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Don't Blame Your Pet

"...death from behavior problems is the leading cause of pet mortality."

by Nicholas Dodman, Director of the Animal Behavior Clinic at Tufts University School of Veterinary Medicine and author of the books The Dog Who Loved Too Much and The Cat Who Cried for Help.

When we think of pets, we tend to conjure up warm and friendly images: new puppies cavorting together, kittens playing with a ball of twine, a parakeet sitting on its owner's finger singing sweet nothings into its owner's ear, a faithful Retriever at its master's side. It's this warm and fuzzy side of pet ownership, plus the unconditional companionship that pets provide, that helps forge the strong bond that often exists between people and their pets. Unfortunately, though, there's another side to pet ownership that we don't hear so much about; what happens when pets do not live up to our expectations of them and the bond between the owner and the pet weakens or completely breaks down.

Behavior problems are almost invariably the reason behind this rift. Some owners simply suffer the adversity and soldier on. Others would seek help but do not know where to find it. Yet another group surrenders their pet to the local shelter or pound on the off chance that it will be adopted. This solves their problem with the pet—but not the pet's problem—and no one learns from the experience. There is an old Swedish proverb that says, "Some people make the same mistake a thousand times and call it experience." That certainly applies here, as some of the same owners simply obtain another pet and repeat the cycle of ignorance.

Many of the pets brought to shelters are surrendered there because of behavior problems that their owners believe to be permanent. Approximately 70 percent of these animals end up being "put to sleep," making death from behavior problems the leading cause of pet mortality, ahead of trauma and disease. It is estimated that between five and 10 million dogs and cats come to an untimely end in the nation's shelters and pounds each year - a veritable holocaust. To put these figures into perspective, at least three times as many dogs are destroyed annually because of behavior problems as die of cancer, another leading cause of death. With dogs and cats, the problems range from aggression and house soiling to fear and anxiety-based conditions, including various compulsive behaviors. A similar spectrum of conditions plagues small mammals, birds and even reptiles, although figures on the morbidity and mortality that these problems cause in these species is presently lacking.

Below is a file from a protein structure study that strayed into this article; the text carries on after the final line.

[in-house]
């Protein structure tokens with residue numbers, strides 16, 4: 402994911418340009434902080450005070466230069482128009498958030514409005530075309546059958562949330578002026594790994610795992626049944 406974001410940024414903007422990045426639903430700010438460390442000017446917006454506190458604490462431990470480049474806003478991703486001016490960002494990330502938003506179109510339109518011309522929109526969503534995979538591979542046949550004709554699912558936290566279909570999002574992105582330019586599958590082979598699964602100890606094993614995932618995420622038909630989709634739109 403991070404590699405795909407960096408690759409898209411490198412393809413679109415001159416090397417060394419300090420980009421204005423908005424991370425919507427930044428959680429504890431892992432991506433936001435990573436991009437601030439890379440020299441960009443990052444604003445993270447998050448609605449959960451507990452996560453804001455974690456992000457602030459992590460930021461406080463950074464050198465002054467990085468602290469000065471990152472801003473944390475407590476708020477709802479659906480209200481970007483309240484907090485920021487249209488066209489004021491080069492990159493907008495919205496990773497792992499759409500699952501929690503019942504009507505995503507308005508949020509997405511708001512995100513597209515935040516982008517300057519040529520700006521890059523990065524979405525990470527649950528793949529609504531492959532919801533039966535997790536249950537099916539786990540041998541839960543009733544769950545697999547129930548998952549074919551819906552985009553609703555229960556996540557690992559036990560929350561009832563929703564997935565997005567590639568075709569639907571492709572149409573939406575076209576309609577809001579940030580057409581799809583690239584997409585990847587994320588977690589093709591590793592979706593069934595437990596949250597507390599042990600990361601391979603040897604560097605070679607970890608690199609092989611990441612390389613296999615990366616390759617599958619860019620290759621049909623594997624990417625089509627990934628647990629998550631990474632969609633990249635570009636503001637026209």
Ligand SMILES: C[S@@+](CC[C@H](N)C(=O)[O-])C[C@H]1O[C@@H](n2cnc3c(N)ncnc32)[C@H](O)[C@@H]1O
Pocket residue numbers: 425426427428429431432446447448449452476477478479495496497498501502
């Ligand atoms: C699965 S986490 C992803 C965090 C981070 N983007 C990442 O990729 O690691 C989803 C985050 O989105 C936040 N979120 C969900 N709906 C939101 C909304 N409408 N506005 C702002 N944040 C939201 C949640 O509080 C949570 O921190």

So what causes these problems and what can be done about them? The cause, I am afraid to say, in one way or another is us, the pet owners and pet breeders. Many of the problems we experience with our pets are normal species-typical behaviors that are inconvenient for us or occur in an inappropriate setting, such as urine marking or furniture scratching in cats. Other problems are exaggerated versions of normal behaviors that have been accentuated by indiscriminate breeding practices. A final group of behavior problems is inadvertently engineered by us. We often do not appreciate or understand the importance of environmental and social experiences on the development of behavior, or we interact inappropriately with our pets, sending incorrect signals of leadership and understanding. For example, a dog growls and snaps at a stranger. Its owner, in an attempt to calm the dog, pets the dog and speaks soothingly to it. The dog, however, interprets this petting and soothing as praise, thereby reinforcing its aggressive behavior. Fortunately, it is often not too late to intervene and rectify at least the majority of these problems. A little understanding goes an awfully long way.

To understand what behaviors to expect from a particular type of pet, what drives these behaviors, and how to re-direct them resolves many of the species-typical behavior problems. It is also helpful to attend to the pet's psychological and physical needs through attention to exercise, diet, and various environmental factors. Communication with the pet can be enhanced through modern non-confrontational training. Attention to species specific behavioral needs (such as a bloodhound's need to sniff or a sheep dog's need to herd) is a must. In addition, specific behavior modification practices can be of enormous value, in some cases augmented by targeted pharmacological therapies when genuine psychological problems are involved. Medical causes of behavior problems are becoming better understood and these problems must be diagnosed and treated appropriately if other strategies are to be successful.

The bottom line is that now, at last, something can be done to correct most behavior problems. A new breed of veterinary and non-veterinary specialist has emerged to help advance the science of animal behavior studies and to educate others in the art. A number of referral centers have opened up in private practice and in academia. The clinical services they provide can and do help in dealing with hard-to-treat behavior problems. No longer is there no place to turn. There are very reasonable alternatives to euthanasia that are likely to meet with success, whatever species is involved. It is quite foreseeable that within a few years the currently overwhelming dilemma of animal behavior management will come under control - and not a moment too soon. The cavalry has arrived!

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